Insurance & Employee Benefits
Medicare is a health insurance program administered by the federal government for people 65 and older, some disabled people under 65, and people with Lou Gehrig’s disease or end-
Medigap policies are not necessary for all Medicare eligible individuals. For instance, if certain types of health coverage are secured, the gaps in Medicare may already be covered. Most likely, Medicare supplement insurance would not be necessary if:
Medicaid or the Qualified Medicare Beneficiary (QMB) Program pays Medicare premiums and other out-
An individual belongs to a Medicare Advantage plan
An individual is covered by group health insurance through an employer or former employer including government or military retiree plans
Medigap (Supplemental Insurance) Policies
A Medigap policy is health insurance sold by private insurance companies to fill the “gaps” in Original Medicare Plan coverage. Medigap policies help pay some of the health care costs that the Original Medicare Plan doesn’t cover. If you are in the Original Medicare Plan and have a Medigap policy, then Medicare and your Medigap policy will pay both their shares of covered health care costs.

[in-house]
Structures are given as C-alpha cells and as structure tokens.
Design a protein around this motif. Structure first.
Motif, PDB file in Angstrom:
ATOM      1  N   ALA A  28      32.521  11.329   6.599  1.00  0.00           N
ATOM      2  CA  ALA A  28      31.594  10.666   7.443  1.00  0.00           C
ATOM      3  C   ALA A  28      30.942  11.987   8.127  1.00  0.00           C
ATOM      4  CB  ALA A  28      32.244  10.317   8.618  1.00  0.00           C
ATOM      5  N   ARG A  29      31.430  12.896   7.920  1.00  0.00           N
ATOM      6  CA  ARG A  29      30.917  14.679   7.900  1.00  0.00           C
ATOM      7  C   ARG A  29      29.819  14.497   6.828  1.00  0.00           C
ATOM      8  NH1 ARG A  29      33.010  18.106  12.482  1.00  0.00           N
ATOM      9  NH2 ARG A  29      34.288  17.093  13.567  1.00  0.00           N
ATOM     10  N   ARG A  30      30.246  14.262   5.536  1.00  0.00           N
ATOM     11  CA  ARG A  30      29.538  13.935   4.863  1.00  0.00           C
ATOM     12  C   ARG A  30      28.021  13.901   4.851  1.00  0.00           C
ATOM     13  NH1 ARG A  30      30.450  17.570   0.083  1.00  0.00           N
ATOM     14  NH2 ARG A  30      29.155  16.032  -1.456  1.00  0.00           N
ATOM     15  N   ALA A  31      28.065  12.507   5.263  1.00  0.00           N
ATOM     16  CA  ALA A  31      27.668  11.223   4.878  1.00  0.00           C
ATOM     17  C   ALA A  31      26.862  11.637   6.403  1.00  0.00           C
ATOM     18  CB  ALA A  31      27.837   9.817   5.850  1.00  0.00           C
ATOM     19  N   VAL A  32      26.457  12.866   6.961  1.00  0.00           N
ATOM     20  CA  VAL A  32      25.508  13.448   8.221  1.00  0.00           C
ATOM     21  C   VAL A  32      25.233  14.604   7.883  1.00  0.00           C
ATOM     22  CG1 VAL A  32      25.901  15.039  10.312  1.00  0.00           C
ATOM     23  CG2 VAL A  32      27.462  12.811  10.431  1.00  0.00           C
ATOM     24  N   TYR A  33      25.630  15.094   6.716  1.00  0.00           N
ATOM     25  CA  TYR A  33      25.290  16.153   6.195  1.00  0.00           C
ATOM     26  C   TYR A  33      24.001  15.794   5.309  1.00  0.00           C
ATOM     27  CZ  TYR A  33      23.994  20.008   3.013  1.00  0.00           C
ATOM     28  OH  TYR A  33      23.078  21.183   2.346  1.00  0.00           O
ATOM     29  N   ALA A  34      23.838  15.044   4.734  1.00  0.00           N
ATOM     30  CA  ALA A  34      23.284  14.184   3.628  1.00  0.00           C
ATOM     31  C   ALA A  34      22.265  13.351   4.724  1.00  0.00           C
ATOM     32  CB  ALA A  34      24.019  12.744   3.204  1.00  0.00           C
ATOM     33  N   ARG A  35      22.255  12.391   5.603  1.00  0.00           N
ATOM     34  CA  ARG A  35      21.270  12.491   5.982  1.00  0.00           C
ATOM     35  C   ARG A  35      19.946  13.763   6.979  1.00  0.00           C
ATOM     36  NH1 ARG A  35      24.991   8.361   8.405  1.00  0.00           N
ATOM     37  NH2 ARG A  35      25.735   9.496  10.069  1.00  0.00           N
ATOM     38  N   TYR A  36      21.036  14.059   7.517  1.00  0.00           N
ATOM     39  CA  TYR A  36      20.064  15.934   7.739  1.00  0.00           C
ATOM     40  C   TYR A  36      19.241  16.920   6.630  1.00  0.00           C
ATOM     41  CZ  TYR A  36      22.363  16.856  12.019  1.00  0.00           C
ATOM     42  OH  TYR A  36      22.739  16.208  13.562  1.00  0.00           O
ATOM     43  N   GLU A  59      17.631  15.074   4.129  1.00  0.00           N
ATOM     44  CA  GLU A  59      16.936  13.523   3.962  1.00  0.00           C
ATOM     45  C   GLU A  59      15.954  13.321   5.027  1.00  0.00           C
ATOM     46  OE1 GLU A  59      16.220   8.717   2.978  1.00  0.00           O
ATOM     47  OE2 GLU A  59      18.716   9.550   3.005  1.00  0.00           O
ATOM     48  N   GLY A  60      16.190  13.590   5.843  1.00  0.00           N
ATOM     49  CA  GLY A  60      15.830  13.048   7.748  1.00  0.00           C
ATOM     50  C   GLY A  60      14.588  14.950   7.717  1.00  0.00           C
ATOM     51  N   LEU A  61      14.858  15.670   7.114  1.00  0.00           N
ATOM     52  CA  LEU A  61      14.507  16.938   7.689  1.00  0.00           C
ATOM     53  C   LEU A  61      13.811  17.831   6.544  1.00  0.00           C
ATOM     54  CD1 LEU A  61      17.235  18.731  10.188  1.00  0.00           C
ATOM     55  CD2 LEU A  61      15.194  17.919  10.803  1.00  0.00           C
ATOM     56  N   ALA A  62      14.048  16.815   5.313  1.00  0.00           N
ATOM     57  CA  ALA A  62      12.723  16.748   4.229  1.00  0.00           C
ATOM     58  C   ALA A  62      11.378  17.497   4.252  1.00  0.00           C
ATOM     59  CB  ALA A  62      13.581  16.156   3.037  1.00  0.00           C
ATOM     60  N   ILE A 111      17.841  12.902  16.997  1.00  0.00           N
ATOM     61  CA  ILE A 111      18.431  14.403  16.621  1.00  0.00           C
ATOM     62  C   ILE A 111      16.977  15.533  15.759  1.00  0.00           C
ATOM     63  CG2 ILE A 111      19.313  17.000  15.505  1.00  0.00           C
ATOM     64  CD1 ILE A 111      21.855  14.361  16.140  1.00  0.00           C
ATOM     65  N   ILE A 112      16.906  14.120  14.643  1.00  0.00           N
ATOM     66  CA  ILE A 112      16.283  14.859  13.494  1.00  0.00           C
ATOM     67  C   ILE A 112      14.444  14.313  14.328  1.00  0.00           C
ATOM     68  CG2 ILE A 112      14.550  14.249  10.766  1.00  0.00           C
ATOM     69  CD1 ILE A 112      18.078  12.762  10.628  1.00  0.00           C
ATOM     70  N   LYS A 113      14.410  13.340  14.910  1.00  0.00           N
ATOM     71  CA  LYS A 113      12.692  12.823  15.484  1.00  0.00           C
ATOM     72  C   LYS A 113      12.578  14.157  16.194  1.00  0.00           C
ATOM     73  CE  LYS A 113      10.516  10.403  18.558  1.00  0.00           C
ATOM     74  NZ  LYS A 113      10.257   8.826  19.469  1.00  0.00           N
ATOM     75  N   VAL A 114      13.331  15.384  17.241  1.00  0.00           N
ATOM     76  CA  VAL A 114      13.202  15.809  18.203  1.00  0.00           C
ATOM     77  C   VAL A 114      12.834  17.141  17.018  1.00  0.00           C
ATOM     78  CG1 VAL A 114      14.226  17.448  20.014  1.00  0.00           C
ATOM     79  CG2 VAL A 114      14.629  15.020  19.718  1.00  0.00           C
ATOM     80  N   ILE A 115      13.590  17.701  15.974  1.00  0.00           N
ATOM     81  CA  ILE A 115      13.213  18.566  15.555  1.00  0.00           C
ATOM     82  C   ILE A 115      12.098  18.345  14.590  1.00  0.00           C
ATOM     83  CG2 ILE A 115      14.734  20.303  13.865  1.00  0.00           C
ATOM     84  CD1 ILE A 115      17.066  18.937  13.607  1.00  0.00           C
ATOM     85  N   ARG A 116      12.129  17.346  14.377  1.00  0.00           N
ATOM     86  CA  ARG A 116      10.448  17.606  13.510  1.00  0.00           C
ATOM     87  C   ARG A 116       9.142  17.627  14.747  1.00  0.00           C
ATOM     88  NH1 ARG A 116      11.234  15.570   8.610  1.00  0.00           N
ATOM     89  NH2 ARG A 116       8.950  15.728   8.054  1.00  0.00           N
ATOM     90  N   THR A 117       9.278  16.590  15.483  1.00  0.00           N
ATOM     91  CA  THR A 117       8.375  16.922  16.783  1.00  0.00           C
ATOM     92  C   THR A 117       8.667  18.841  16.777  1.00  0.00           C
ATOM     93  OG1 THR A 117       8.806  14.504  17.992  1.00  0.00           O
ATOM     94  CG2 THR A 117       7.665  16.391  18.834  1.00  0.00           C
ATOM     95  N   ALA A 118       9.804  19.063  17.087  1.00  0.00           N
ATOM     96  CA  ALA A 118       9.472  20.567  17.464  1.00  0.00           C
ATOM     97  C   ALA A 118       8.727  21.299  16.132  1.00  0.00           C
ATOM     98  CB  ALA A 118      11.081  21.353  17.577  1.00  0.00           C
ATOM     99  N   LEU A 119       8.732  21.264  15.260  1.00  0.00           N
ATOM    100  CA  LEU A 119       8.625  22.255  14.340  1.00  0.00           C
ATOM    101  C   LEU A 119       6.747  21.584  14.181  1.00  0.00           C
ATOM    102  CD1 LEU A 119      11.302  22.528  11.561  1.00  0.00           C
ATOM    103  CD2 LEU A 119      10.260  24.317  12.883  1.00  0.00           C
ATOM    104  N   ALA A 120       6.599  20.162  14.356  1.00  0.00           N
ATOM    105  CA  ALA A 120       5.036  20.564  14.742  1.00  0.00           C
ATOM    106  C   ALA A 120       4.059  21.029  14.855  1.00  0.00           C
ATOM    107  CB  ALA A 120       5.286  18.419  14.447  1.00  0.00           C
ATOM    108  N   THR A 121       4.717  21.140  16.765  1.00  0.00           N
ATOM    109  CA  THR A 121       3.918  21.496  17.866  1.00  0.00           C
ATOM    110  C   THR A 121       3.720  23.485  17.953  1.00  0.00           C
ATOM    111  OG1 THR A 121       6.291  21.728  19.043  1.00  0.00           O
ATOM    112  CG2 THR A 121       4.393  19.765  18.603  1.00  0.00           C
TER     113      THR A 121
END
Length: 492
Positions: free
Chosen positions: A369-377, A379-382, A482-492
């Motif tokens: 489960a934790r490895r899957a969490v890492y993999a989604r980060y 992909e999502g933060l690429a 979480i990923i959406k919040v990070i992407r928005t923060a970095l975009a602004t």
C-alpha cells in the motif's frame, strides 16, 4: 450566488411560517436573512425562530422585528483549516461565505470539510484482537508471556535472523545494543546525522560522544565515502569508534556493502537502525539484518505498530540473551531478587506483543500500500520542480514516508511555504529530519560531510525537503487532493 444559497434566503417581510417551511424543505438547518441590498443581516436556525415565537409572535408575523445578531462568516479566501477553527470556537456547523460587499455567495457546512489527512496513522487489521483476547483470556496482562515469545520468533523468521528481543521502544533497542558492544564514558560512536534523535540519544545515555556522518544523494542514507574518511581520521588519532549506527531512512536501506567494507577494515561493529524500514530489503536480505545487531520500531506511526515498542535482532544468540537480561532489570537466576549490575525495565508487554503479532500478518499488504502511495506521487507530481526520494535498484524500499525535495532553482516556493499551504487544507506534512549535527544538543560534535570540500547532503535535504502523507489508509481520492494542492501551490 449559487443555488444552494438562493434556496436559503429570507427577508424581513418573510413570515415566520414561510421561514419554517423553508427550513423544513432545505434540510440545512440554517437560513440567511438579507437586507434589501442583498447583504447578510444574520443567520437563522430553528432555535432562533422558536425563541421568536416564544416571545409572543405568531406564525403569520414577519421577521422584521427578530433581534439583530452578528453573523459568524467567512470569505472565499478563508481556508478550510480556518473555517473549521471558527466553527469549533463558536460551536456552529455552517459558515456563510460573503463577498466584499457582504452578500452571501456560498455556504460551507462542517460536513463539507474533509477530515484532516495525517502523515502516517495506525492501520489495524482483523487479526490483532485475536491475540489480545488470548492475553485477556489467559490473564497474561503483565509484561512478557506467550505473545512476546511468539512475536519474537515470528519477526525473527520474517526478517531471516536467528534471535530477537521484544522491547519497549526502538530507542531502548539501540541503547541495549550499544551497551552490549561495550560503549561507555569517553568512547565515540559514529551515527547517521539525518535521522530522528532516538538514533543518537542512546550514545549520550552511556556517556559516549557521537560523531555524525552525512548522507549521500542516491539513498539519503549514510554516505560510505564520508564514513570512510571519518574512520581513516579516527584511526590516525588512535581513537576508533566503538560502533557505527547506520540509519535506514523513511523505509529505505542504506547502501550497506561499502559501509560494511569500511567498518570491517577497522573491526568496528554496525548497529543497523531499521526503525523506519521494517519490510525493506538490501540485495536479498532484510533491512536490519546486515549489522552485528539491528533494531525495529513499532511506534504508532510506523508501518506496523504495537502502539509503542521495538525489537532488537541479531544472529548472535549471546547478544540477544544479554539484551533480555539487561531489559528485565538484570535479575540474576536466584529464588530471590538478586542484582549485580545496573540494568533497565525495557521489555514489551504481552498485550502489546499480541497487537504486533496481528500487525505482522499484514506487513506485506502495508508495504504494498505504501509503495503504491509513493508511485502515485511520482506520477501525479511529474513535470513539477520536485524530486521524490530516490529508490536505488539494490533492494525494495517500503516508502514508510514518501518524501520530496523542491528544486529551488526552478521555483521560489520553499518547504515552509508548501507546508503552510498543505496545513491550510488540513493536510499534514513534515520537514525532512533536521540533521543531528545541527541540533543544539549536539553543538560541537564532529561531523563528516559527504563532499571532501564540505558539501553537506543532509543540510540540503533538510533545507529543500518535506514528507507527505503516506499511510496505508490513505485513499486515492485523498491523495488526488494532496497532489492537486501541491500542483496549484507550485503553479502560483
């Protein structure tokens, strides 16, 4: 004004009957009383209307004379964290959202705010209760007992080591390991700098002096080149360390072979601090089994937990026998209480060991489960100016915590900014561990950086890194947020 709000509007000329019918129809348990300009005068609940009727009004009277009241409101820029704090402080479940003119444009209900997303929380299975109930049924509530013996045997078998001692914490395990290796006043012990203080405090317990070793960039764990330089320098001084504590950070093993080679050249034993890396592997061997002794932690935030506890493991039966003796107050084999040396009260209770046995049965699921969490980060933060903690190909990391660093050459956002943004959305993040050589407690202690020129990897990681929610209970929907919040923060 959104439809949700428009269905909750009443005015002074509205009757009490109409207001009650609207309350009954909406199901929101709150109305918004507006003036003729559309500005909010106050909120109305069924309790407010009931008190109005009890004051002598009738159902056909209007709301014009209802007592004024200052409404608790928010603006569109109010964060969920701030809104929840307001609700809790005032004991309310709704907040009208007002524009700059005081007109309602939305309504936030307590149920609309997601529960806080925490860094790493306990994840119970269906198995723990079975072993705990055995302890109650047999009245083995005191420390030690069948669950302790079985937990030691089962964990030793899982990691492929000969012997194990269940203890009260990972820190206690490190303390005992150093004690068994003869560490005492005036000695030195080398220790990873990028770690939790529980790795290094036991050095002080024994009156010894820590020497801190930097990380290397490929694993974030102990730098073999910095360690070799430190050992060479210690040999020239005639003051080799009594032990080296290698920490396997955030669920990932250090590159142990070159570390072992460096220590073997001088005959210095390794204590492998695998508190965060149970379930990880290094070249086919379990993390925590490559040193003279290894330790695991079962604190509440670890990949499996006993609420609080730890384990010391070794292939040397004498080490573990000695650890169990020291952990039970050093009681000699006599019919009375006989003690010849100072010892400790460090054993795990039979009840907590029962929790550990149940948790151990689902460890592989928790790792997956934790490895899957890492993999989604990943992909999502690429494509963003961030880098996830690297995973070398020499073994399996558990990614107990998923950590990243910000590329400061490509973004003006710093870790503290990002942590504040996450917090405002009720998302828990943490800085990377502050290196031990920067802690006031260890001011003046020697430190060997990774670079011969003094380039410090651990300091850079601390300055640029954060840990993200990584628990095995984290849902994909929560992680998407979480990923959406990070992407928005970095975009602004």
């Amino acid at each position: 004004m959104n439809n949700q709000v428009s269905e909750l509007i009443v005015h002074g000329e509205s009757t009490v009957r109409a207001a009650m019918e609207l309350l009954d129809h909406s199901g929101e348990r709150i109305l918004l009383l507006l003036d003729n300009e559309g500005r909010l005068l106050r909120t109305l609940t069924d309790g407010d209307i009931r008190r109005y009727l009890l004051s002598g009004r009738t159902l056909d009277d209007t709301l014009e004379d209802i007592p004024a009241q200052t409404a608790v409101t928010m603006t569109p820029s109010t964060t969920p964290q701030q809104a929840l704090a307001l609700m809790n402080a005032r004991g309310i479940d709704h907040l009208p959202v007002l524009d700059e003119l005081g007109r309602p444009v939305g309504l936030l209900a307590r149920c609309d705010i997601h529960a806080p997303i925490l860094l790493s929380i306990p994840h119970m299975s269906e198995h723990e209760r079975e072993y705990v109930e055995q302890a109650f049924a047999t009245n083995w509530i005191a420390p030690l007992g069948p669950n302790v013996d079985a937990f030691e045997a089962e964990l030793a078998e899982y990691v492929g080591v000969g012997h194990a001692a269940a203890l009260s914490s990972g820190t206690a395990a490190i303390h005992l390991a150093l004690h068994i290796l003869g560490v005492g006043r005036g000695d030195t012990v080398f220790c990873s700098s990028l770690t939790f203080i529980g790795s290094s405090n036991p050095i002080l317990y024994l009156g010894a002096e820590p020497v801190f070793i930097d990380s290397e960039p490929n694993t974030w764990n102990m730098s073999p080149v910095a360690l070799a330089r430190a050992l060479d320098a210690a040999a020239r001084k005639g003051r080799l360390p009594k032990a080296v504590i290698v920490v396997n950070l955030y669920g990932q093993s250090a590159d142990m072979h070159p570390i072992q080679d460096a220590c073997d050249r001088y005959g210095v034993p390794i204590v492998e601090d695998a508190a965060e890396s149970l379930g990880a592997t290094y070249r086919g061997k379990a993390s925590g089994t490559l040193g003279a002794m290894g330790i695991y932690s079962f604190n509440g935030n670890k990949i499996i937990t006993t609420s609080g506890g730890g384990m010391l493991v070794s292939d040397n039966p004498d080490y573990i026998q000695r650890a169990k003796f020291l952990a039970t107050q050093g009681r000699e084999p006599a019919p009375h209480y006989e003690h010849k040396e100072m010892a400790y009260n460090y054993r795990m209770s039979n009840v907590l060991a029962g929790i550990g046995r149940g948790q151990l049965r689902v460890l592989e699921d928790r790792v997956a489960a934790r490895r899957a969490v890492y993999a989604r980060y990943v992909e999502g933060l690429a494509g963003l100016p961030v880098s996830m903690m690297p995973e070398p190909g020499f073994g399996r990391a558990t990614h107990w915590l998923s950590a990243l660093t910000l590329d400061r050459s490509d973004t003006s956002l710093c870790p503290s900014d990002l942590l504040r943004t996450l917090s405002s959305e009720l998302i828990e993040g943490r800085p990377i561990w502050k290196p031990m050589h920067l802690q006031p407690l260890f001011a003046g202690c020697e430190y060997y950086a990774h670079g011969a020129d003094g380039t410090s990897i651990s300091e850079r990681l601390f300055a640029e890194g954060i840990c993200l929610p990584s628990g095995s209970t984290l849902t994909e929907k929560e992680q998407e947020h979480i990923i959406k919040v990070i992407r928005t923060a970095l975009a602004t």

Insurance companies can only sell you a “standardized” Medigap policy. These Medigap policies must all have specific benefits so you can compare them easily.
Medicare Supplements & Medigap Policy Essentials
You may be able to choose up to 12 different standardized Medigap policies (Medigap Plans A through L). Medigap policies must follow Federal and State laws. These laws protect you. A Medigap policy must be clearly identified on the cover as “Medicare Supplement Insurance.” Each plan, A through L, has a different set of basic and extra benefits.
It’s important to compare Medigap policies because costs can vary. The benefits in any Medigap Plan A through L are the same for any insurance company. Each insurance company decides which Medigap policies it wants to sell.
Generally, when you buy a Medigap policy you must have Medicare Part A and Part B. You will have to pay the monthly Medicare Part B premium. In addition, you will have to pay a premium to the Medigap insurance company.
You and your spouse must each buy separate Medigap policies. Your Medigap policy won’t cover any health care costs for your spouse. (Source: Medicare.gov)
The official government handbooks on Medicare:
Medicare Supplements & Medigap Policies